Konrad Späth CPOGG
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security are to be governed by a global elite, because otherwise the realm of chaos andviolence – embodied in any form of particularity – takes place.To bring my argument into focus, I will give, first, a brief overview about the academicliterature on global governance. Without making the claim to be exhaustive, this section willindicate that a final definition of global governance is impossible to achieve and that the veryconcept will always be a contested one. The contested nature of the concept then helps to lay bare the so-called ‘descriptive fallacy’ regarding global governance theories and to advocate aturn to the linguistic and social nature of the concept as a specific form of legitimisation. Thisturn to language and discourse will then be situated in the context of the debate on the declineof state sovereignty where the claim to global governance stands in sharp contrast to thedistinction of inside/outside along the lines of the principle of sovereignty. While thisdiscursive claim puts into question the dichotomy of inside/outside associated with thesovereign state, the last section of this article wants to draw the attention to the problematicimplications of this claim insofar as it leads to the establishment of new, even though onlyimplicit, borders and distinctions of inside/outside.
OVERNANCE AS AN
The study of global governance has become a growth sector. Various approaches to world politics and recent global developments were produced under this label, and many differentaspects have been subsumed under the concept. However, what global governance really isabout or when it is possible to speak of global governance, still remains in the dark. To makethings worse, the concept of global governance comes up with a wide range of competingdefinitions (Lake, 2000: 32-33). Beyond the common ground in the negatively phrased stancethat „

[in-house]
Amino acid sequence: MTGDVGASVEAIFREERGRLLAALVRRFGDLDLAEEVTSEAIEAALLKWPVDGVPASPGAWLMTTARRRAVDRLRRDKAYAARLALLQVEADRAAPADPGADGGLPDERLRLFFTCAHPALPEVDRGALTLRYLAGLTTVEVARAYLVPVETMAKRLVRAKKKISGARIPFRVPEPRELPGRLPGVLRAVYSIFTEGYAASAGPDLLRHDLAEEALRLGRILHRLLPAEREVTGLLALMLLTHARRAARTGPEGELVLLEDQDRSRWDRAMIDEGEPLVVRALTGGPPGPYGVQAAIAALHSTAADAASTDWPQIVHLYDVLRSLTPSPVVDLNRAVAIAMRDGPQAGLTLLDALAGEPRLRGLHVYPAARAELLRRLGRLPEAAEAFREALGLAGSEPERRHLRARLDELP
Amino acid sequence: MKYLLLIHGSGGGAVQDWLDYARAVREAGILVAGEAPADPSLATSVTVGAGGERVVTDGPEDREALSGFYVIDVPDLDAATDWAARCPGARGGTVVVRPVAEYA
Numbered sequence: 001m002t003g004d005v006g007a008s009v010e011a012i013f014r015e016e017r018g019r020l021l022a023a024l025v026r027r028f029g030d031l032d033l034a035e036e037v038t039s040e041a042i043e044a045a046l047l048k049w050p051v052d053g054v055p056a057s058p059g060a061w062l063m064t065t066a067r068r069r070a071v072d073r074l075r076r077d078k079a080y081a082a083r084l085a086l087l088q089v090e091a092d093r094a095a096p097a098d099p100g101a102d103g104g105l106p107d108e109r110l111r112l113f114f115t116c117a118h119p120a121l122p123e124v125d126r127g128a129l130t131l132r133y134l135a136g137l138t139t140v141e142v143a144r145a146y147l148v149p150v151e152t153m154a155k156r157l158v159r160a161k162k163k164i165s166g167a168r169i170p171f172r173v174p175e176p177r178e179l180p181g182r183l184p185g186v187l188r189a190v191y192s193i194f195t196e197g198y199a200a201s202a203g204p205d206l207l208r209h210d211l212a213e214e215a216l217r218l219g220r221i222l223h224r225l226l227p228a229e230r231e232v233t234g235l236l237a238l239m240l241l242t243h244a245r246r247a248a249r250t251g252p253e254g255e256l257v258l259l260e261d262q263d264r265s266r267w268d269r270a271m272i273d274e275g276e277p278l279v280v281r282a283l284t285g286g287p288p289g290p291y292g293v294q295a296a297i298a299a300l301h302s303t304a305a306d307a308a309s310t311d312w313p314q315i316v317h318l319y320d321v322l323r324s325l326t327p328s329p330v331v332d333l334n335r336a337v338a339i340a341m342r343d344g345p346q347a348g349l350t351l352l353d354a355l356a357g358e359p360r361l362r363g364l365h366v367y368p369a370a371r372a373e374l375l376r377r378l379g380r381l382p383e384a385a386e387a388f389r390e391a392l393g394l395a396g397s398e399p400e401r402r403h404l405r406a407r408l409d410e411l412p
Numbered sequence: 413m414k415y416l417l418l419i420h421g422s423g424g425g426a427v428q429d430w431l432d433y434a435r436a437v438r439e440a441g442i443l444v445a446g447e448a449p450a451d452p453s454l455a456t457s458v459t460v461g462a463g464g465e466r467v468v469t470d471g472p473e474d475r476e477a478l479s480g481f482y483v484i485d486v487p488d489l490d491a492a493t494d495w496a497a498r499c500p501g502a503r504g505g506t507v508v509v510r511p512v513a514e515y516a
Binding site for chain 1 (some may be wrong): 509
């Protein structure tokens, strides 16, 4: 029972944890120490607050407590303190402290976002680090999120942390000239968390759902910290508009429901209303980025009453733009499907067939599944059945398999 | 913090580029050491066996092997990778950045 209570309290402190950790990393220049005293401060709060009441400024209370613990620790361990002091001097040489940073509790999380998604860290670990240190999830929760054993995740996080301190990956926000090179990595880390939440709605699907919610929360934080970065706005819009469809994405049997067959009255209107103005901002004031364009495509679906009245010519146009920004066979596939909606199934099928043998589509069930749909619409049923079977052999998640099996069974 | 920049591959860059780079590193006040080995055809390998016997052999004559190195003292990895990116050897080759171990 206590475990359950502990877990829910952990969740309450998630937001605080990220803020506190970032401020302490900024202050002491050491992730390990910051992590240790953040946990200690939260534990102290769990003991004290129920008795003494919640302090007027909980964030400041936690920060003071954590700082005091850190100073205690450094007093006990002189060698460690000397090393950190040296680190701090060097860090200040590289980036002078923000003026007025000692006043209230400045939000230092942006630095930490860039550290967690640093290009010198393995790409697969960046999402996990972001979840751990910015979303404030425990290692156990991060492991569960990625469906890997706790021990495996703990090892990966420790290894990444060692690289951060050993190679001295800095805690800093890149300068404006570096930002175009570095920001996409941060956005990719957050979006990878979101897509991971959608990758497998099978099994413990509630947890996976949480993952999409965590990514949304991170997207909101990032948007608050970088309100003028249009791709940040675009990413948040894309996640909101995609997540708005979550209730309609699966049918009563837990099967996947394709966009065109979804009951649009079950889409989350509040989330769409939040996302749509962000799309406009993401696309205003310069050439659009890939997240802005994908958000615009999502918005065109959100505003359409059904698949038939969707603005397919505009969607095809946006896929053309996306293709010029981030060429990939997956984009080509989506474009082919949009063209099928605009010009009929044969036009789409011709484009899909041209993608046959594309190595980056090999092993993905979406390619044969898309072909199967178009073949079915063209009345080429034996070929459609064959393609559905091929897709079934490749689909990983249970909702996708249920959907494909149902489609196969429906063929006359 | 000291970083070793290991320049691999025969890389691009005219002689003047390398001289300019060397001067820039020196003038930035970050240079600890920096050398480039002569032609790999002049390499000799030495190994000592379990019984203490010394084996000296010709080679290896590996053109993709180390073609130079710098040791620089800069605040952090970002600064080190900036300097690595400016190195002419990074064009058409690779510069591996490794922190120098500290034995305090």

governance is not government
“ (Desai, 1995: 7), no generally accepted definition exists,yet global governance „appears to be virtually everything“ (Finkelstein, 1995: 368).Besides the conceptual confusion, two lines of reasoning explain how systems of governancecome into being: In the first version – seen through “statist lenses” (Stokke, 1997: 28) – the phenomenon of governance is driven by collective action problems that go beyond the problem-solving capacity of single states. In its weakest form, global governance describesthe basic rules and institutions that are not a mere structural environment with which statesare confronted, but a purposive institutional setting of constitutive rules which enable states tolive and inter-act in an international society in the first place (for example, see Bull 1977).Moving from the rules of co-existence to a sphere of interstate co-operation, the emergence of international regimes with an issue-specific purpose is also subsumed under the auspices of